We need to understand the details of buildings’ embodied carbon emissions if we are to measure their “whole life carbon” impacts – the total amount of carbon that buildings emit over their lifespan. Guesswork is no longer good enough. Our net zero goals are looming, and we need whole life carbon data as an enabler of change. It is the tool that will allow us to be precise about designing and constructing buildings with the lowest possible total emissions.

Structural engineers need to know how much embodied carbon comes with the concrete or steel supplied by different producers. Mechanical engineers need to know how decisions about a particular building façade will impact on the capacity of a cooling system. Electrical engineers need whole life carbon data to understand the scale of embodied carbon attached to a cable tray or conduit. Until we build comprehensive data on buildings’ whole life carbon emissions, we can’t truly know when we are making the best choices to achieve the deepest carbon cuts.

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Building carbon assessment

This is why Arup committed to carrying out whole life carbon assessments for all its building projects work. So far, we’ve collected and analysed data for almost 1,000 building design projects across 30 nations on five continents. New, industry-relevant insights have emerged about the scale of embodied carbon across different building sub-systems as part of this work, and we are using this information to drive fact-based decision making. For example, we now know that carbon intensity increases during the later stages of most design projects and we’re homing in on which decisions drive this escalation.

Let’s keep 2030 top of our minds. It’s less than a decade away and the United Nations’ High Level Climate Champions have set a daunting goal for the built environment industry: to ensure all new and refurbished buildings are net zero in operation and reduce their embodied carbon by at least 40%. This will be challenging, but carbon reduction at this scale and pace is essential to prevent catastrophic climate change.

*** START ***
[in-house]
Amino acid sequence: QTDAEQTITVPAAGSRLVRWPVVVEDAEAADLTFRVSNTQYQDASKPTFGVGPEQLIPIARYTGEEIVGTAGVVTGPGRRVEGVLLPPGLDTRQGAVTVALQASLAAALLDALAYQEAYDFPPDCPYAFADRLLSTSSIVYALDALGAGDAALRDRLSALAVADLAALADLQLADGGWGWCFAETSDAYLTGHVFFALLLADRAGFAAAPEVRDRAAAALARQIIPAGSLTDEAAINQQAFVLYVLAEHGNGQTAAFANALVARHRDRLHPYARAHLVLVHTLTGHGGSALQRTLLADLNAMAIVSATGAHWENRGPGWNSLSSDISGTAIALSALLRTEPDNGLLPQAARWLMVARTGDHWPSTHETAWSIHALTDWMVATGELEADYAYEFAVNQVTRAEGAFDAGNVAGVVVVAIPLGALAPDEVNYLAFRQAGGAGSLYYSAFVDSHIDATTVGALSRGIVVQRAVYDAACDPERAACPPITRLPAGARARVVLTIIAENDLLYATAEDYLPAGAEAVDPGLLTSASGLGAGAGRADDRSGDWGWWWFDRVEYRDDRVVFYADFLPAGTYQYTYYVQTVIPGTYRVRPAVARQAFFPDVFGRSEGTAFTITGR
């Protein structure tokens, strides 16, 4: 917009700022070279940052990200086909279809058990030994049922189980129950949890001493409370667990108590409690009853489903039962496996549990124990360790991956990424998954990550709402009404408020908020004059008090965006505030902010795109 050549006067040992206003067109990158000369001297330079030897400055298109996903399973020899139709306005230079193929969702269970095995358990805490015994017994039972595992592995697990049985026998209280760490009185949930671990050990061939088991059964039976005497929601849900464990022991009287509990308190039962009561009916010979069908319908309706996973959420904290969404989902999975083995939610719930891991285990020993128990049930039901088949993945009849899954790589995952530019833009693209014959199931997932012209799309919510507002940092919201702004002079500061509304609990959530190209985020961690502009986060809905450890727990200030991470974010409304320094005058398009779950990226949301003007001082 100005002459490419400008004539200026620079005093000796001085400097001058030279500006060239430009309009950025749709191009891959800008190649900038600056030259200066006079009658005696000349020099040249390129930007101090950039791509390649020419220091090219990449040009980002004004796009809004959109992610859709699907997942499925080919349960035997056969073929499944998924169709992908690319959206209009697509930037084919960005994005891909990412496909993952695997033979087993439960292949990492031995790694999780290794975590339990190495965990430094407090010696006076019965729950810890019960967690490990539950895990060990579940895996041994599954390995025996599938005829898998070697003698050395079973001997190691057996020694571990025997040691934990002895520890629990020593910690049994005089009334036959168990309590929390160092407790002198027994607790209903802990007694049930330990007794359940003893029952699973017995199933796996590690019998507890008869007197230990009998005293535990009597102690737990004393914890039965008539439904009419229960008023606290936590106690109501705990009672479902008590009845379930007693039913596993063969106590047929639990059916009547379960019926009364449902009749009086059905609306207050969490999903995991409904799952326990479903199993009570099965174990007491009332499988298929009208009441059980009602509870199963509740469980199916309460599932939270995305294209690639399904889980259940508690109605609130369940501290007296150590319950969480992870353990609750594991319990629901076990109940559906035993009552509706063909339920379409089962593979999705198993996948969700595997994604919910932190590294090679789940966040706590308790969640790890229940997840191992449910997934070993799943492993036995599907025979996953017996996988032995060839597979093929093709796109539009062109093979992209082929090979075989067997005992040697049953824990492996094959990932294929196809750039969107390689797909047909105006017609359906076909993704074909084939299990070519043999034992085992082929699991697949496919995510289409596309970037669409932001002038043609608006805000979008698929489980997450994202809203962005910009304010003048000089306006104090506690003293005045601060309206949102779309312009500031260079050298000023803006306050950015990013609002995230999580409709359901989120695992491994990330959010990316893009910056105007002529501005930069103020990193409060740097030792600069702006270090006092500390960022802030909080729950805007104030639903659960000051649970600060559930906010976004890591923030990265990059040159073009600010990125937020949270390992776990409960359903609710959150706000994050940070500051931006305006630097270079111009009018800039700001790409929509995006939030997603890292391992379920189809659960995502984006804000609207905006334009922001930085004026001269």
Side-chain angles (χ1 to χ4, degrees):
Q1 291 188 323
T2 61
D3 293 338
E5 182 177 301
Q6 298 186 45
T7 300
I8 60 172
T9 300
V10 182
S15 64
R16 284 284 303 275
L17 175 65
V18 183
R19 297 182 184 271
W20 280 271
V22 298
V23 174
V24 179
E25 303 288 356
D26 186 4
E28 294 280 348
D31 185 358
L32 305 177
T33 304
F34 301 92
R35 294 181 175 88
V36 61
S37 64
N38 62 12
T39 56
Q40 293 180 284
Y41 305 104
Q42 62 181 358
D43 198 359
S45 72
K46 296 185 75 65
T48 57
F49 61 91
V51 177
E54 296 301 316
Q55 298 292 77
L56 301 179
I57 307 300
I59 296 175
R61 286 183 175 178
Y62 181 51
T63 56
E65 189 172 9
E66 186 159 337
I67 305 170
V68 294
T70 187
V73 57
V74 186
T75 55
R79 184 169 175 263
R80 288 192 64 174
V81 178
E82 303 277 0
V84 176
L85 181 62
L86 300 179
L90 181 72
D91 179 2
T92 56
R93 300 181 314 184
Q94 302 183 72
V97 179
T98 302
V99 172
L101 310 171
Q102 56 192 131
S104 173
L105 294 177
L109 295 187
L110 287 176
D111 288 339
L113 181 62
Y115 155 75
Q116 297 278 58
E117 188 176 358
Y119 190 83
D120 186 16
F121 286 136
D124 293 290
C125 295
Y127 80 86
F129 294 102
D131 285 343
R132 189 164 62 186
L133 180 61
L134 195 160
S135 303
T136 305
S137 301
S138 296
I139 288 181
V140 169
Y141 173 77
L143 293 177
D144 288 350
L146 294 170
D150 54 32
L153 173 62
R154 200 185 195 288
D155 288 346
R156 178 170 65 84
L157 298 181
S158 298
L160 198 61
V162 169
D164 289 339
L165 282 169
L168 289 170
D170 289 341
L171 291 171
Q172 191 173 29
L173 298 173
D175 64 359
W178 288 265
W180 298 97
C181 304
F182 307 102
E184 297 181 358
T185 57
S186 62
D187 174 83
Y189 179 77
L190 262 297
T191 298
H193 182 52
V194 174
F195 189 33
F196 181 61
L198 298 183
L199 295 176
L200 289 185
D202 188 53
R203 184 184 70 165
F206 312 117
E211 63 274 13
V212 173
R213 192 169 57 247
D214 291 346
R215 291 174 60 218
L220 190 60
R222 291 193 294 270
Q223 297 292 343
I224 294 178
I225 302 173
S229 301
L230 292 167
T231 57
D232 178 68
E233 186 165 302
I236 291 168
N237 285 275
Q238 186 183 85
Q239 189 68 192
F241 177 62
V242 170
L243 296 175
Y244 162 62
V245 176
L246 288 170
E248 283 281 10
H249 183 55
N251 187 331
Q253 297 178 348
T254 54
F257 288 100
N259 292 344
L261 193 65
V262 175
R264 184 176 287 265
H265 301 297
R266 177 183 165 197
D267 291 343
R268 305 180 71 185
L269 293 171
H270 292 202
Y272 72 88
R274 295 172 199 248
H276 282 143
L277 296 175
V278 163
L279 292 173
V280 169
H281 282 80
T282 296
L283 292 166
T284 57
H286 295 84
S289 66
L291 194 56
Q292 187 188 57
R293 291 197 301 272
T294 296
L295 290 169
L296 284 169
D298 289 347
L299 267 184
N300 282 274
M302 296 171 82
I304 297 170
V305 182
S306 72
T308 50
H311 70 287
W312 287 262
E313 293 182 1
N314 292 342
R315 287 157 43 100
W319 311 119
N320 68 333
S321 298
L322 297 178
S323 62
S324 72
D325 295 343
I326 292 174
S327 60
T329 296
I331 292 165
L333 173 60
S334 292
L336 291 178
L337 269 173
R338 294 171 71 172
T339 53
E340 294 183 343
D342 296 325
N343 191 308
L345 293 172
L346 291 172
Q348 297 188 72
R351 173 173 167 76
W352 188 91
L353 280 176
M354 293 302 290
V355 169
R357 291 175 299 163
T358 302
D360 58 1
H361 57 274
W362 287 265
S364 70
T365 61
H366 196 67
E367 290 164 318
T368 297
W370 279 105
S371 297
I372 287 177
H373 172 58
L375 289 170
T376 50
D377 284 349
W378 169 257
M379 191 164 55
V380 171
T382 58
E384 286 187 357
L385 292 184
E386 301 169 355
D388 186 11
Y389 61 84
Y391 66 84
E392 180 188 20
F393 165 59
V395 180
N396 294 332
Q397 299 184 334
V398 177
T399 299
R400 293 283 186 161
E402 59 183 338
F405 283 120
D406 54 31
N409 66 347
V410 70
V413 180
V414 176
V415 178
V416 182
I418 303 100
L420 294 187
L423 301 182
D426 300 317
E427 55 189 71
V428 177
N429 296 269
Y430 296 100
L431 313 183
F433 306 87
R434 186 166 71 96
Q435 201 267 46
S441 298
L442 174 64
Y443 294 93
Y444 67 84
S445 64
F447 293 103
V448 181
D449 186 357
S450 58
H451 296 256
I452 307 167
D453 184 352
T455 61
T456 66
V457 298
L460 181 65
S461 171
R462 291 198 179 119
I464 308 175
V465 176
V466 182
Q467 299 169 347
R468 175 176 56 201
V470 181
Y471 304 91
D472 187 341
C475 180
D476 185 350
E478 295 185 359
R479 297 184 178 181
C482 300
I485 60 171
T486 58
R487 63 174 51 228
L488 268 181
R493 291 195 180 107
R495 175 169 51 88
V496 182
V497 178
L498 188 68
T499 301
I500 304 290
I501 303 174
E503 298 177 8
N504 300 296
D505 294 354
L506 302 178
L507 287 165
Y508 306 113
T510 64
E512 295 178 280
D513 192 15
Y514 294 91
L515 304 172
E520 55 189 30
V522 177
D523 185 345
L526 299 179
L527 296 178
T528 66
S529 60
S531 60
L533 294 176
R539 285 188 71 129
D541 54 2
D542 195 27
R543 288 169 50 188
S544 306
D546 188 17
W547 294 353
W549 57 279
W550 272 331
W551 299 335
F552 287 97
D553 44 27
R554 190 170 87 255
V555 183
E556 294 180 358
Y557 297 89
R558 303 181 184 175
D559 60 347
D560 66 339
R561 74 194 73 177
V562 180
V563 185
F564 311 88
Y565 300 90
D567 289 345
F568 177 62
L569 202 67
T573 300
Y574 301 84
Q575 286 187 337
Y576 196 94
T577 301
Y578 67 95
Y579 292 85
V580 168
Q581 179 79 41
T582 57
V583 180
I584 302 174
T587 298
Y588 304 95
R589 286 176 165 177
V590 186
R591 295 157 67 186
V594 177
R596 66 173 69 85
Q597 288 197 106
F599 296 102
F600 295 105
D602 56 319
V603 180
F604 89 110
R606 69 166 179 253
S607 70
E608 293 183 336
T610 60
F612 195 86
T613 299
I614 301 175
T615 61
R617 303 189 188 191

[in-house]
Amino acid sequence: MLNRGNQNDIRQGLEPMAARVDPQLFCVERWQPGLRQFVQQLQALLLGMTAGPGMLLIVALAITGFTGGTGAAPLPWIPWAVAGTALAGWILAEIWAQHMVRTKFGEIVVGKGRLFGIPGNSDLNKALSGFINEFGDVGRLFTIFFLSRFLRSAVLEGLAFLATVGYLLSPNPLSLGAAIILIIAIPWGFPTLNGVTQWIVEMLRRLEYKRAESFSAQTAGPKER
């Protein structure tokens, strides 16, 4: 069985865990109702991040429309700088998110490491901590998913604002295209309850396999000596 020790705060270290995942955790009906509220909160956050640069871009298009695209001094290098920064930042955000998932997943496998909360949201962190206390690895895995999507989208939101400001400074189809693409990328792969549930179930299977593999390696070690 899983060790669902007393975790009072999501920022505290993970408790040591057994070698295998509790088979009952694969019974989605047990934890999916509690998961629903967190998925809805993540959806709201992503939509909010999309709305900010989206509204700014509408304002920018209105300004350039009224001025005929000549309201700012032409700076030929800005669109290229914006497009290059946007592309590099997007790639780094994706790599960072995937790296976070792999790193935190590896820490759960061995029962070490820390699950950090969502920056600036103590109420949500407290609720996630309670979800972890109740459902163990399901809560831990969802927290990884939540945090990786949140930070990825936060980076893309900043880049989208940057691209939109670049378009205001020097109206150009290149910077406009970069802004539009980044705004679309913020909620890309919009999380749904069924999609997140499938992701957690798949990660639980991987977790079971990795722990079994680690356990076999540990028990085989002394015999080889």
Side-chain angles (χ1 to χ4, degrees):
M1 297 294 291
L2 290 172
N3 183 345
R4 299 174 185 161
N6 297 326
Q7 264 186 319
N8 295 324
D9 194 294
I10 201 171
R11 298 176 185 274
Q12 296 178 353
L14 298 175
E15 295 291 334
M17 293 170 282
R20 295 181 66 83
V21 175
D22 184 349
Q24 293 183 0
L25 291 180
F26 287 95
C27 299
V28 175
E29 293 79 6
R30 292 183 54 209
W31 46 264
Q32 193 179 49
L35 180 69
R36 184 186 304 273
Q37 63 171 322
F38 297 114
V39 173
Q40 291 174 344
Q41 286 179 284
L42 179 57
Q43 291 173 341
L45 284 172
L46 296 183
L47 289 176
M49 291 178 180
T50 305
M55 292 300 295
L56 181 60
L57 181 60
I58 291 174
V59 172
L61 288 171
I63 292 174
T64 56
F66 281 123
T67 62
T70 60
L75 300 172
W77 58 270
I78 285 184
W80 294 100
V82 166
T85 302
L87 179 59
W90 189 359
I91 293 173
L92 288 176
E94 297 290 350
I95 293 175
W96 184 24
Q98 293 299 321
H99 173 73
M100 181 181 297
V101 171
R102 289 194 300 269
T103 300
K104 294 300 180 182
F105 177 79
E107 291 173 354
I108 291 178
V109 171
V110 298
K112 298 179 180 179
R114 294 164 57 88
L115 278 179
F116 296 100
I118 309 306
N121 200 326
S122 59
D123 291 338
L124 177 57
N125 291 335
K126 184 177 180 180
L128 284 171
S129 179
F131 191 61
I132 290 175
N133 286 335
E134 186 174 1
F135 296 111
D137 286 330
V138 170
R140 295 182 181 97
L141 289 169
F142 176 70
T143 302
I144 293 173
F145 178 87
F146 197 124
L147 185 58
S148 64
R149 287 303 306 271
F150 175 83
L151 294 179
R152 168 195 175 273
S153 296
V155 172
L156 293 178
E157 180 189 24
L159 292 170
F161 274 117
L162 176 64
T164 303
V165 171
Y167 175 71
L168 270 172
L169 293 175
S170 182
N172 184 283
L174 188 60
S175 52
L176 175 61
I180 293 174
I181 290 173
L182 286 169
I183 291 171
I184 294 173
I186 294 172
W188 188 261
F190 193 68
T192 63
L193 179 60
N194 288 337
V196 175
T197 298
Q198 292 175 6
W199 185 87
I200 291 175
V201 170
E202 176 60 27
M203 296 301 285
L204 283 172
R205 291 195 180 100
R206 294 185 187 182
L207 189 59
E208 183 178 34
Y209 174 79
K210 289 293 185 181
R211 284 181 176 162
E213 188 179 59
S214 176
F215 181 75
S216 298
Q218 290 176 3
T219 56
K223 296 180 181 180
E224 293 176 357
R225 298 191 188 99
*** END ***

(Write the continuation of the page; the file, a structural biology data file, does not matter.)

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Scaling and accelerating net zero buildings will only be achieved if the built environment industry collaborates to build comparable and open whole life carbon data. Delivering complex buildings that meet the needs of the modern world is something the sector does well. Every day, architects, engineers, and construction experts combine their expertise to winning effect. We need to apply this spirit of cooperation and innovation to collecting and using whole life data, so we all make better decisions.

Planning, designing and constructing buildings is a process that typically takes years, and many of the building projects our teams are working on today will be completed around 2030. If we’re serious about taking climate action, we need to halve the carbon emissions produced by buildings in less than a decade. whole life carbon data is one crucial tool to help get us there.

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The views expressed in this article are those of the author alone and not the World Economic Forum.

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Davos AgendaSustainable Development